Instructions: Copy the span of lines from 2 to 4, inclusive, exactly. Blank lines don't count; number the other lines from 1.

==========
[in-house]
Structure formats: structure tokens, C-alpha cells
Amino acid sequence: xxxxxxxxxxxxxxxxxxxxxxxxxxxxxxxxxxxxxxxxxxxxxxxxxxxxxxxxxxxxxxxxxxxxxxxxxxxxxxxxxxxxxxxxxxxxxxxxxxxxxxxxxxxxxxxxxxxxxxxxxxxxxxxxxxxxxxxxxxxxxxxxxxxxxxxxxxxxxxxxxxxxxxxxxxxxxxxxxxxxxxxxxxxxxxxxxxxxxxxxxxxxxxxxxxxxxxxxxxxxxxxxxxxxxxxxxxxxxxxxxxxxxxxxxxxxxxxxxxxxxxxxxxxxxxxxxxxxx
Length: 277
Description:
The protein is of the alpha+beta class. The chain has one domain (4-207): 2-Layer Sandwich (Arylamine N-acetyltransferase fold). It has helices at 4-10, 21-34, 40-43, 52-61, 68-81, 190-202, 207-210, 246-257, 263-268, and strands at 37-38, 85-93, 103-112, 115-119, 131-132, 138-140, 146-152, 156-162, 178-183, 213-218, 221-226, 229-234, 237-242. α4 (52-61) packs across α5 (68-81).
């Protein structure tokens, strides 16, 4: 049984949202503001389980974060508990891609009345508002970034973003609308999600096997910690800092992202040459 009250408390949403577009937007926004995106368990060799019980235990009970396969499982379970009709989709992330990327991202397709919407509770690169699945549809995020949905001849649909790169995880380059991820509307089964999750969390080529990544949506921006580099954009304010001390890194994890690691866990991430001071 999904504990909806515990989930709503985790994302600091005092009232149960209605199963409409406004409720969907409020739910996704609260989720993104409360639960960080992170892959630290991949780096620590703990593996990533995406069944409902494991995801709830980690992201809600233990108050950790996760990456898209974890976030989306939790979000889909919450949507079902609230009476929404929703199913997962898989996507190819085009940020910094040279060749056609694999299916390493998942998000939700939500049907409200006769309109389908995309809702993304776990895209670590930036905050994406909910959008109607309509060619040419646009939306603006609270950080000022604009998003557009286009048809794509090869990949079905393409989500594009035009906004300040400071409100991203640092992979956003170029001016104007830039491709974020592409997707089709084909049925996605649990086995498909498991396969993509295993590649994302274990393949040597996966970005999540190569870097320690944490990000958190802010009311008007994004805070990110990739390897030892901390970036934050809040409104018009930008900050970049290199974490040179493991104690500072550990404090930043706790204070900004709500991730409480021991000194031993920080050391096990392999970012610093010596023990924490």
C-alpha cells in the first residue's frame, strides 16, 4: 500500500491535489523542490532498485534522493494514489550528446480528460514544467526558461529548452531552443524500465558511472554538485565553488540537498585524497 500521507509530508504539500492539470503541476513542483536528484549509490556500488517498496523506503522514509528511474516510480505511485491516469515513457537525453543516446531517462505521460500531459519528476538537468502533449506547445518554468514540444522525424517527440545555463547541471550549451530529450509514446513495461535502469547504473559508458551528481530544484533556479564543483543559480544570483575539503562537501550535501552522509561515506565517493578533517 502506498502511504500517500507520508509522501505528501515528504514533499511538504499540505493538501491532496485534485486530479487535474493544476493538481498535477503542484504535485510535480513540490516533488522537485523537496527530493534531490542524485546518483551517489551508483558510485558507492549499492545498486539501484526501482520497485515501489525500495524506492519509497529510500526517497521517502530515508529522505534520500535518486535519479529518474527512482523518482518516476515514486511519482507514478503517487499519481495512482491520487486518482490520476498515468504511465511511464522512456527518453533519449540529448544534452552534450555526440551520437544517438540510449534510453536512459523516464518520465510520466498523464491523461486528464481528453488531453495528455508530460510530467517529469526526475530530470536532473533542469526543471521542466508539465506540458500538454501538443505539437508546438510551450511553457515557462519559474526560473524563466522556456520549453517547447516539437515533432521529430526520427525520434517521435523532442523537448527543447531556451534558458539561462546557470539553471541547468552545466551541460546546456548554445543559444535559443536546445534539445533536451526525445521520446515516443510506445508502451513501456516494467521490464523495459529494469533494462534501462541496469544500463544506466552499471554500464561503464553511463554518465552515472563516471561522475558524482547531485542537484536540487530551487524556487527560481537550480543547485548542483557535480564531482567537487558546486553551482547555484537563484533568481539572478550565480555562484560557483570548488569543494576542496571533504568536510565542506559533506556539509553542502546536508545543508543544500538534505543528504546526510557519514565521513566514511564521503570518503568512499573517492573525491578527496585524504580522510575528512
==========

Structure formats: structure tokens, C-alpha cells
Amino acid sequence: xxxxxxxxxxxxxxxxxxxxxxxxxxxxxxxxxxxxxxxxxxxxxxxxxxxxxxxxxxxxxxxxxxxxxxxxxxxxxxxxxxxxxxxxxxxxxxxxxxxxxxxxxxxxxxxxxxxxxxxxxxxxxxxxxxxxxxxxxxxxxxxxxxxxxxxxxxxxxxxxxxxxxxxxxxxxxxxxxxxxxxxxxxxxxxxxxxxxxxxxxxxxxxxxxxxxxxxxxxxxxxxxxxxxxxxxxxxxxxxxxxxxxxxxxxxxxxxxxxxxxxxxxxxxxxxxxxxxx
Length: 277